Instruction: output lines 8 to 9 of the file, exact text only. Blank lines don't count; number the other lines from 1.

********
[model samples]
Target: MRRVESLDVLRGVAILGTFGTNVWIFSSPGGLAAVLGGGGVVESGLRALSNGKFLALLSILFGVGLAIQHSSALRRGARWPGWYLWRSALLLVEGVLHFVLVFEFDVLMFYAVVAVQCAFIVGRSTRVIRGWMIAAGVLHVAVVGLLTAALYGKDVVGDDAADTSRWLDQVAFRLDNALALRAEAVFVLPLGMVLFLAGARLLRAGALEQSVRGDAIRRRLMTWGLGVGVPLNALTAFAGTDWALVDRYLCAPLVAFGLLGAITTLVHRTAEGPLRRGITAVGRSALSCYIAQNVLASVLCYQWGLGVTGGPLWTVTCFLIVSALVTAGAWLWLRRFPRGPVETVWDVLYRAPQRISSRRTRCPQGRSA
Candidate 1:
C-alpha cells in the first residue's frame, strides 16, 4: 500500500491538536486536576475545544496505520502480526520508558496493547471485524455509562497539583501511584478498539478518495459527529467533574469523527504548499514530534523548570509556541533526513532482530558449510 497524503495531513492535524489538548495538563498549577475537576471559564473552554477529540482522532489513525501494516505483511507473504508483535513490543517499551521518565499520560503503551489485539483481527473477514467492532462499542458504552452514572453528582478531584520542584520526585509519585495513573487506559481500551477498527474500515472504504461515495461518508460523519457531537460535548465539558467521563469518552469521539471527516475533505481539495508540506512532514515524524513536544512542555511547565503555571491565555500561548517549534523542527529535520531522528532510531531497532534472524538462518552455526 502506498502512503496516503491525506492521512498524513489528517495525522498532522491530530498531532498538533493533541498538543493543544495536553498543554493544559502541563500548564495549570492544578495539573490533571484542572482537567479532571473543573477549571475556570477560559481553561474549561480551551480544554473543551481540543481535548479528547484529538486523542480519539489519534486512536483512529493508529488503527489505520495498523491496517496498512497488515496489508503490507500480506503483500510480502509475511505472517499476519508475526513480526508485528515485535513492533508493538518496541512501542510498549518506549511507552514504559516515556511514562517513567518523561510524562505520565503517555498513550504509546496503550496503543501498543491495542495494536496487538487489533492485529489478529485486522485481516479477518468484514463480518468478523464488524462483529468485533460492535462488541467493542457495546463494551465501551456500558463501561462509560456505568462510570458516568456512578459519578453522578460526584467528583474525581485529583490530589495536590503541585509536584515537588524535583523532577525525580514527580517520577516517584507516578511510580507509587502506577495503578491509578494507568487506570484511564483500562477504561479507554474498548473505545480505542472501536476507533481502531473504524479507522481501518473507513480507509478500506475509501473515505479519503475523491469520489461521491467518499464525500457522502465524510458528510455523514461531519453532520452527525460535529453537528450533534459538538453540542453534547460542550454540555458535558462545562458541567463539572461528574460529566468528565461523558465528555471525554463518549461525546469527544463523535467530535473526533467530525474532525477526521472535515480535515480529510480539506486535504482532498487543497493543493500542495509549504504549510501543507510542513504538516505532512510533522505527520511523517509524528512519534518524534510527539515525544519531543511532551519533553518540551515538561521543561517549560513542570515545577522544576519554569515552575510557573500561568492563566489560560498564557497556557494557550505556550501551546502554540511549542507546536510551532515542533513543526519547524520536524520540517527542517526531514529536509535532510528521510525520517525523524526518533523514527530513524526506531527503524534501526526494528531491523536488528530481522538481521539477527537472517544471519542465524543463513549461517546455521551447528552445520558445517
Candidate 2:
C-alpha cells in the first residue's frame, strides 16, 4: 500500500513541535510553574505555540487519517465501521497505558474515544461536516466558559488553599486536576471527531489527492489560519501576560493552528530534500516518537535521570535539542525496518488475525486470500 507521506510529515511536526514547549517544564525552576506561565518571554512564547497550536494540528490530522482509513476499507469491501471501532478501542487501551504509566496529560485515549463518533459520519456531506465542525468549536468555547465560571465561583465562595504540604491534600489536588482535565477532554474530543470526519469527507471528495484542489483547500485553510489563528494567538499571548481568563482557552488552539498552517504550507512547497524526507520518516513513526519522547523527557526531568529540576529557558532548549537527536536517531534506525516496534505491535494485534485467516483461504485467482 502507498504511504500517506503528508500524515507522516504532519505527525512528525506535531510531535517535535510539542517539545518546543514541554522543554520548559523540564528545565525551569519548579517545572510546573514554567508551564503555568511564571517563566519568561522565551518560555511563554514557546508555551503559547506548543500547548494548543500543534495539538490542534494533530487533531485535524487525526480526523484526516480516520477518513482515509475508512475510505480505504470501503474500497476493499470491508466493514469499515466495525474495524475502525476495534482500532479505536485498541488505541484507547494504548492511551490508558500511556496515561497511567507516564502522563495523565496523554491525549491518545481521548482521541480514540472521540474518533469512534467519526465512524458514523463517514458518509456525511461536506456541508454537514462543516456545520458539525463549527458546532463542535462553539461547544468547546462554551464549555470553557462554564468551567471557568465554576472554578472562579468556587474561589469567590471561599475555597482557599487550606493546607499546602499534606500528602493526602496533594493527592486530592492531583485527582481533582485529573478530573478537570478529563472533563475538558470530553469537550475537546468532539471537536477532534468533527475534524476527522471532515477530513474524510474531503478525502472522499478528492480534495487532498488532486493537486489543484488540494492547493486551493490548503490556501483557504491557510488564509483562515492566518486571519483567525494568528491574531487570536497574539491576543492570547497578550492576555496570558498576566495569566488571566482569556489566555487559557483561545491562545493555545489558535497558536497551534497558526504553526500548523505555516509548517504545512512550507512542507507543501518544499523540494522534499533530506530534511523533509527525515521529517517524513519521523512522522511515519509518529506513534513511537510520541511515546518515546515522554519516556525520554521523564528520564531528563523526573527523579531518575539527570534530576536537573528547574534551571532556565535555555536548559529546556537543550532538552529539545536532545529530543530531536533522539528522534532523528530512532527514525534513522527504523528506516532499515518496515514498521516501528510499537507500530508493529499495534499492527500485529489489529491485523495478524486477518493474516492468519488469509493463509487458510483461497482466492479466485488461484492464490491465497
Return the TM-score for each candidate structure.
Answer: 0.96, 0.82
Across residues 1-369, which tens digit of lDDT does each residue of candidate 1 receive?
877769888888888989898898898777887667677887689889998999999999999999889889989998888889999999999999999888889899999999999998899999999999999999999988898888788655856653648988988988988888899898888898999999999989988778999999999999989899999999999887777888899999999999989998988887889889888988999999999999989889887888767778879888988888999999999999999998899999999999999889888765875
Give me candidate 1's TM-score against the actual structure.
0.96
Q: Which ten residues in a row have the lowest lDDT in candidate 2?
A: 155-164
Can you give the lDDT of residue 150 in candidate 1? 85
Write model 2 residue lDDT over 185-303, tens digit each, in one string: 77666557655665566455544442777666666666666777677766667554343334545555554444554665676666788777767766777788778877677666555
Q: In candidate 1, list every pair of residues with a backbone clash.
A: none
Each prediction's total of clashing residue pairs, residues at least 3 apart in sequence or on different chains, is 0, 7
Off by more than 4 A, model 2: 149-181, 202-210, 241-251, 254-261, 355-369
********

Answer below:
Answer: 0.96, 0.82
Across residues 1-369, which tens digit of lDDT does each residue of candidate 1 receive?